Glucagon-like peptide-1 receptor agonists have been gaining popularity to treat diabetes. Does this one provide advantages over competitors?
Glucagon-like peptide-1 receptor agonists, also known as GLP-1 agonists, have been gaining popularity to treat diabetes.
Their effectiveness in lowering A1C levels and providing cardiovascular benefits in select products contribute to their positive reputation. The FDA approved semaglutide (Ozempic) in December.1 Some may question semaglutide’s role, because a number of popular GLP-1 agonists are already on the US market. However, it may have offer advantages over competitors.
Semaglutide is FDA approved to treat type 2 diabetes-mellitus (T2DM) as an adjunct to diet and exercise. Because Semaglutide has not been studied to target subjects with type 1 diabetes-mellitus (T1DM), there is no evidence to support its use in treating patients with T1DM. Because of the risk of gastrointestinal symptoms for diarrhea, nausea, and vomiting, its dosing involves titration. Semaglutide is administered subcutaneously and initiated at 0.25 mg once weekly. After 4 weeks, the dose is increased to 0.5 mg weekly. It may be further increased to 1 mg weekly if additional glycemic control is desired after 4 weeks of 0.5 mg weekly administration.
An oral dosage form of semaglutide is not available in the US market. However, recent studies have demonstrated the potential for FDA approval to treat patients with T2DM. PIONEER-1 has shown oral semaglutide’s statistically significant A1C-lowering effect, as well as weight loss, compared with a placebo as adjunct to diet and exercise.2 PIONEER-6, a cardiovascular outcomes safety trial, has demonstrated noninferiority of major adverse cardiovascular events (MACE) with high-dose oral semaglutide (14 mg/day).3
Mechanism of Action
Semaglutide is a GLP-1 agonist that works by sensitization of beta islet cells of pancreas, which consequently reduces the threshold for insulin secretion in response to carbohydrate intake.4 It also suppresses postprandial glucagon release from the alpha cells of the pancreas. Therefore, semaglutide is effective at controlling the postprandial glucose level. Its additional effects include delayed gastric emptying and reduced appetite, which can lead to weight loss. Because semaglutide's mechanism is glucose-dependent, it is very unlikely to cause hypoglycemia. The additive effect of GLP-1 agonist therapy with dipeptidyl peptidase - 4 (DPP-4) inhibitors is unclear.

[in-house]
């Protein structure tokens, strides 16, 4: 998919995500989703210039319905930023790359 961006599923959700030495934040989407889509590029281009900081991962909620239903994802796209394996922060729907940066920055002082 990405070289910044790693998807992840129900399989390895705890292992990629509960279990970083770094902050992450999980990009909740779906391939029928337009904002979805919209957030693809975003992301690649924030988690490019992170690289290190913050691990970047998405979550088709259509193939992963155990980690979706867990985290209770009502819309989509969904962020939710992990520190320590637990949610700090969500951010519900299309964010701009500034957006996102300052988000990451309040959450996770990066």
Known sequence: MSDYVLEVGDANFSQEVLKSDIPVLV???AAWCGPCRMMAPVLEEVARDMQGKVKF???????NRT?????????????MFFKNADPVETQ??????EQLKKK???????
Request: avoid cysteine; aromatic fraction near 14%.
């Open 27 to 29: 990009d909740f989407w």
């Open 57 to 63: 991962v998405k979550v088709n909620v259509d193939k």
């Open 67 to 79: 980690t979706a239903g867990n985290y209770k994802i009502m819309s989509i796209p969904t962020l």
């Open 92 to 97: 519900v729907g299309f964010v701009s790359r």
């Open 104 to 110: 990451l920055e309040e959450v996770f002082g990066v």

Semaglutide causes a delay in gastric emptying and therefore has the potential to affect the absorption of concomitantly administered oral medications. However, there were no clinically relevant drug interactions during clinical trials.1 Semaglutide carries a boxed warning about the risk of thyroid c-cell tumors, because of observations of rodents. There is no evidence to support the risk of thyroid c-cell tumors in humans. Therefore, it is contraindicated in patients with a family or personal history of multiple endocrine neoplasia syndrome type 2. Semaglutide does not require dose adjustment in patients with reduced hepatic and renal function.
Semaglutide-treated subjects in the SUSTAIN-6 trial had a lower risk for new or worsening nephropathy compared with the placebo group.5 However, subjects in the semaglutide group experienced more retinopathy complications than the placebo group, even though the overall number was low.
Semaglutide is a once-weekly subcutaneous injectable GLP-1 agonist with cardiovascular benefit that can provide convenience to those who are looking to reduce the number of injections that are necessary for other treatment options. Semaglutide’s ability to effectively lower A1C levels and provide a cardiovascular benefit without the need for hepatic or renal dose adjustment makes it an attractive choice among GLP-1 agonists.